Any reduction in the eurozone would exact a significant toll on the region's economy, the president of the European Commission warned on Wednesday, as he urged Germany to show leadership in solving Europe's escalating debt crisis.
Jose Manuel Barroso, president of the European Commission, the EU's executive arm, in a speech in Berlin urged EU governments to ensure that reforming the 17-member eurozone does not come at the price of creating new divisions among member states.
"The idea that we have two unions in Europe means disunion," Barroso said.
"There cannot be peace and prosperity in the North or in the West of Europe if there is no peace and prosperity in the South or in the East," he said.
Barroso argued that all EU member states should strive to adopt the euro and any reforms of the single currency area should not result in new conditions for joining.
"All EU states should have the euro as its currency," he said. "The challenge is how to further deepen euro area integration without creating divisions with those who are not yet in it."
French President Nicolas Sarkozy has advocated a two-speed Europe in which eurozone countries accelerate and deepen integration while an expanding group outside the currency bloc stays more loosely connected — a signal that some members may have to quit the euro if the entire structure is not to crumble.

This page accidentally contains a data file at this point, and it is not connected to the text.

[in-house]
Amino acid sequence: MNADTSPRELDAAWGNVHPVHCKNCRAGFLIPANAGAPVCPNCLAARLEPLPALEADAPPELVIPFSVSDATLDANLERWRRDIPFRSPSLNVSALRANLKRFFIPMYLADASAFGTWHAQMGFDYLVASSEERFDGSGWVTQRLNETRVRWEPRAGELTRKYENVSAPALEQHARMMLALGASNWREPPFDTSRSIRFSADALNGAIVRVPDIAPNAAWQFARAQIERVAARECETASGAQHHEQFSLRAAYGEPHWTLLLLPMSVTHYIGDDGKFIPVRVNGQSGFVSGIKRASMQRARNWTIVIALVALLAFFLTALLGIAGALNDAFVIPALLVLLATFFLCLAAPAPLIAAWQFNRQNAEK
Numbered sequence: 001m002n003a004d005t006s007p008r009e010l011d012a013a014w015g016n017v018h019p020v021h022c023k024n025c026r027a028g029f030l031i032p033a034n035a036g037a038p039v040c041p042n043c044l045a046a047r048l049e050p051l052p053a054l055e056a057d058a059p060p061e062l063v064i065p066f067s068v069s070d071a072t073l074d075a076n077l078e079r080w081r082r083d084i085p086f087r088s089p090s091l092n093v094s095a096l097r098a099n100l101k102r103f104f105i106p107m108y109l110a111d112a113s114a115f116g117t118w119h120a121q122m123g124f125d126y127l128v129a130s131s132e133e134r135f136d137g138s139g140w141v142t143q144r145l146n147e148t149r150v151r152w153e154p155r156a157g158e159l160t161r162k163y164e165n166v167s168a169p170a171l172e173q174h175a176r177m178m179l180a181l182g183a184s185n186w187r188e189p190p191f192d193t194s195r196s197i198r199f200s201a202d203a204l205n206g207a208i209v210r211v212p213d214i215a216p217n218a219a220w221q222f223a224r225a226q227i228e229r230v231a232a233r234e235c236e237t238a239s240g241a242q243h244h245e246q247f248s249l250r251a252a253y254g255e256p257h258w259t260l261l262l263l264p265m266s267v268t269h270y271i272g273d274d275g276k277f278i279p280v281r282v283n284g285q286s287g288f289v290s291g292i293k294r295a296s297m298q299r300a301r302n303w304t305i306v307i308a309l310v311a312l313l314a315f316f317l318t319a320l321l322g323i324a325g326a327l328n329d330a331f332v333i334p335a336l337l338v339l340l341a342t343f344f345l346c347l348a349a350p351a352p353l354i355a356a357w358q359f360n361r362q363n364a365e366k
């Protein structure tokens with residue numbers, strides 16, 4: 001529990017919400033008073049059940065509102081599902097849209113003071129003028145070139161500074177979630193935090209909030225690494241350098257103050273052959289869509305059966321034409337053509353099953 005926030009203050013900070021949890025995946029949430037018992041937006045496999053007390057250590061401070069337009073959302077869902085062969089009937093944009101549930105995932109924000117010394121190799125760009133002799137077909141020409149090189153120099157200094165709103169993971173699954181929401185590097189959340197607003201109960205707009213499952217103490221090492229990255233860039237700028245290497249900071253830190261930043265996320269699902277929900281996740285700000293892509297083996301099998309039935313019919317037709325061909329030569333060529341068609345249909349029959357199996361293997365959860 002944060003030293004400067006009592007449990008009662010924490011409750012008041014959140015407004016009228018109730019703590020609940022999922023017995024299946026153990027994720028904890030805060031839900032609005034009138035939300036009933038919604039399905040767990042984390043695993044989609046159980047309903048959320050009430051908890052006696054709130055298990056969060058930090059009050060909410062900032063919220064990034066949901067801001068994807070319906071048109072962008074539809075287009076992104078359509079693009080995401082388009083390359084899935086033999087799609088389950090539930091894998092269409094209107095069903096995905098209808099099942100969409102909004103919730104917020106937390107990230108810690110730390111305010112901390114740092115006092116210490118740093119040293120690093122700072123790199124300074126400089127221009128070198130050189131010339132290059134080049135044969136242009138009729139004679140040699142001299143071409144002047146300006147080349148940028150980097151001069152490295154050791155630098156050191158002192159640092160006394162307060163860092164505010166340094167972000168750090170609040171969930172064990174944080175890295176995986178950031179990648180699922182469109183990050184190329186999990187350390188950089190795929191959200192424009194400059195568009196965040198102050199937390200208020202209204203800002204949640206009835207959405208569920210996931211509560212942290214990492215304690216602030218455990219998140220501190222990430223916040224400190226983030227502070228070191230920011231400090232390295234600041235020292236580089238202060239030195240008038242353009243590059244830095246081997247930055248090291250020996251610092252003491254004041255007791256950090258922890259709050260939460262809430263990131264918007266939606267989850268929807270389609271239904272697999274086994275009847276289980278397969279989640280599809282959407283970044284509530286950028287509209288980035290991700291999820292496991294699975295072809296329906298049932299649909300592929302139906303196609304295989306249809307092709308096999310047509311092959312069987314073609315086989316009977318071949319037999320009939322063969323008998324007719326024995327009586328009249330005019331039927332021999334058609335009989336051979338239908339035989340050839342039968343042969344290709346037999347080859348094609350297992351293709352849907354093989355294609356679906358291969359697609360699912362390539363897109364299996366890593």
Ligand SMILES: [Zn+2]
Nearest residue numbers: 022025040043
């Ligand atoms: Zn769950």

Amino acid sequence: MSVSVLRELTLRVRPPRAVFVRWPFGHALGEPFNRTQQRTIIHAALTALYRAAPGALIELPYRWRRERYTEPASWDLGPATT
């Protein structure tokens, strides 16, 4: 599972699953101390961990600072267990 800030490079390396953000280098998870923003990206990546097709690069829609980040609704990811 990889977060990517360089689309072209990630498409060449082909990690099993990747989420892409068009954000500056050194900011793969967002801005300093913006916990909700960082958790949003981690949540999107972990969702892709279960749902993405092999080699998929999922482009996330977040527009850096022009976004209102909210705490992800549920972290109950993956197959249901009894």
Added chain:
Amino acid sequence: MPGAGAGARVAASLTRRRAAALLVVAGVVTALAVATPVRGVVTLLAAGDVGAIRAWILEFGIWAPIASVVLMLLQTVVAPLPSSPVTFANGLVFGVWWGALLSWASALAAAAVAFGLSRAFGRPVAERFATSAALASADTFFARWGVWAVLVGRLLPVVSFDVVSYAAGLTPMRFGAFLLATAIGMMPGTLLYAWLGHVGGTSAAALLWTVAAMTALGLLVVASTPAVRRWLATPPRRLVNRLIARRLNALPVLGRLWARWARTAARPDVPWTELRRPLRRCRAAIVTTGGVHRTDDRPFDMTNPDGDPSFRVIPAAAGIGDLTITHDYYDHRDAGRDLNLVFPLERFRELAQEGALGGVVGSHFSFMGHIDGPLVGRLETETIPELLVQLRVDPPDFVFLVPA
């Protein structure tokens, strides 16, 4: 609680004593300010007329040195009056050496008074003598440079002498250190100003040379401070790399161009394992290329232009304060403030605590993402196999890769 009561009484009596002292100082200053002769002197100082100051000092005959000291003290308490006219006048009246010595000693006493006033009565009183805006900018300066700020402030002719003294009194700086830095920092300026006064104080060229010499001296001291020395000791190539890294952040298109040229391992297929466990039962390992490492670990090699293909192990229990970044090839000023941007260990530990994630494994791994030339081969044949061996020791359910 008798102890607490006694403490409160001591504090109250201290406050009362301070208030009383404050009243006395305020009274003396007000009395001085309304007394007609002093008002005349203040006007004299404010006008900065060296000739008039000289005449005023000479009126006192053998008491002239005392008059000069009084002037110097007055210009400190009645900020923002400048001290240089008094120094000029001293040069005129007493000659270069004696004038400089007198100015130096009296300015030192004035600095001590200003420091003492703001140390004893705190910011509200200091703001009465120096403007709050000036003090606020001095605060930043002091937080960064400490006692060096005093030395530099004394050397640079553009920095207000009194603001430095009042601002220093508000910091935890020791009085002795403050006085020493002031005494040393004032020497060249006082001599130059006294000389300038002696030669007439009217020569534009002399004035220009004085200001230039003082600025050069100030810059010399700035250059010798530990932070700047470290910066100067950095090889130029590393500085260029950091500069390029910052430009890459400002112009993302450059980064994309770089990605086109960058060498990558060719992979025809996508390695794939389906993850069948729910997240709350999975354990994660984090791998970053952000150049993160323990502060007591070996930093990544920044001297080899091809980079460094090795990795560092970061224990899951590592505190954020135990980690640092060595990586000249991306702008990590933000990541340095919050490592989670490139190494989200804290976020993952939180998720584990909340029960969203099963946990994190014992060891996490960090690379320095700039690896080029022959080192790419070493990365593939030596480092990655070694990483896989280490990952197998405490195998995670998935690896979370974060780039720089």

On Wednesday, EU sources said German and French officials have discussed plans for a radical overhaul of the EU that would involve setting up a more integrated and potentially smaller eurozone.
Barroso's comments appeared to signal opposition.
He said some studies show that the gross domestic product of Germany, Europe's largest economy, could contract by 3 percent if the eurozone shrank to a few members and its economy would shed 1 million jobs.
"What is more, it would jeopardize the future prosperity of the next generation," he said.
Germany, in particular, Barroso said, must show it is striving for an integrated and competitive EU.
Germany is footing more than a quarter of Europe's bill and vouches for nearly half of the bloc's crisis bailout fund, the European Financial Stability Facility. Many Germans are increasingly wary of bailing out struggling states such as Greece.
On Wednesday, Europe's debt crisis deepened dramatically as Italian borrowing costs topped reached a breaking point as Italy replaced Greece at the centre of the crisis.
Barroso also warned about risks of Europe losing focus in other policy areas, such defense or its push to gain clout on the global stage, because of political battles associated with reforming the eurozone.
"Reinforced governance of the euro area must be a central pillar ... But this should not detract from the importance of strengthening European integration in other areas," he said.
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